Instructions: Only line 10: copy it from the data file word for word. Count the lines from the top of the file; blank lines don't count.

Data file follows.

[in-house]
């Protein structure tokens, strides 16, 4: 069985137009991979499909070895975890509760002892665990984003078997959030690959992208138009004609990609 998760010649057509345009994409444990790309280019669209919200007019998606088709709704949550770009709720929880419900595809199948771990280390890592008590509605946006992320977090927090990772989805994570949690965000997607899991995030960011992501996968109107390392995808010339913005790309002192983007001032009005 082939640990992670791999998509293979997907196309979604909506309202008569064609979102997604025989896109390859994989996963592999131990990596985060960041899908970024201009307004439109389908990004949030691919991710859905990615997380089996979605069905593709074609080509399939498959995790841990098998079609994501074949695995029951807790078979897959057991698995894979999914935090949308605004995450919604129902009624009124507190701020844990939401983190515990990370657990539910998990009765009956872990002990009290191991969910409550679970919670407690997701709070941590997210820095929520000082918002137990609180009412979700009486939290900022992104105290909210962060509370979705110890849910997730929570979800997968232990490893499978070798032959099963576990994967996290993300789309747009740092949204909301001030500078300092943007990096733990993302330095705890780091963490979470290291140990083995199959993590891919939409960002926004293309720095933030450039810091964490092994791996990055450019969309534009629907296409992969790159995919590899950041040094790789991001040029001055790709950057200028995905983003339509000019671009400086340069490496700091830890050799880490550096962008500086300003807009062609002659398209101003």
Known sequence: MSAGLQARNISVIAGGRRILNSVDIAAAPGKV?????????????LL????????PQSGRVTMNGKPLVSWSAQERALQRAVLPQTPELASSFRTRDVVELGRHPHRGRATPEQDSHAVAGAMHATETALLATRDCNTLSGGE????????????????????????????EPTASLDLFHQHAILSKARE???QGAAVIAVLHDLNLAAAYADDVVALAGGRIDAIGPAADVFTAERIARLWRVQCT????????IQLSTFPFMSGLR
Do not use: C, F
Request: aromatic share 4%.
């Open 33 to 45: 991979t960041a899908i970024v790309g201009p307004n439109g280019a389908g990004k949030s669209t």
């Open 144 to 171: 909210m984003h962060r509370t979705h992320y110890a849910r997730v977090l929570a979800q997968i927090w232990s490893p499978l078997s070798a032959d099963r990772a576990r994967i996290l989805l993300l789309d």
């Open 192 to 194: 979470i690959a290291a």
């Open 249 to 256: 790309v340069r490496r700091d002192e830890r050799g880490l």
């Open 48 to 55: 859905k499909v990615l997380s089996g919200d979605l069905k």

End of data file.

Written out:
């Open 48 to 55: 859905k499909v990615l997380s089996g919200d979605l069905k």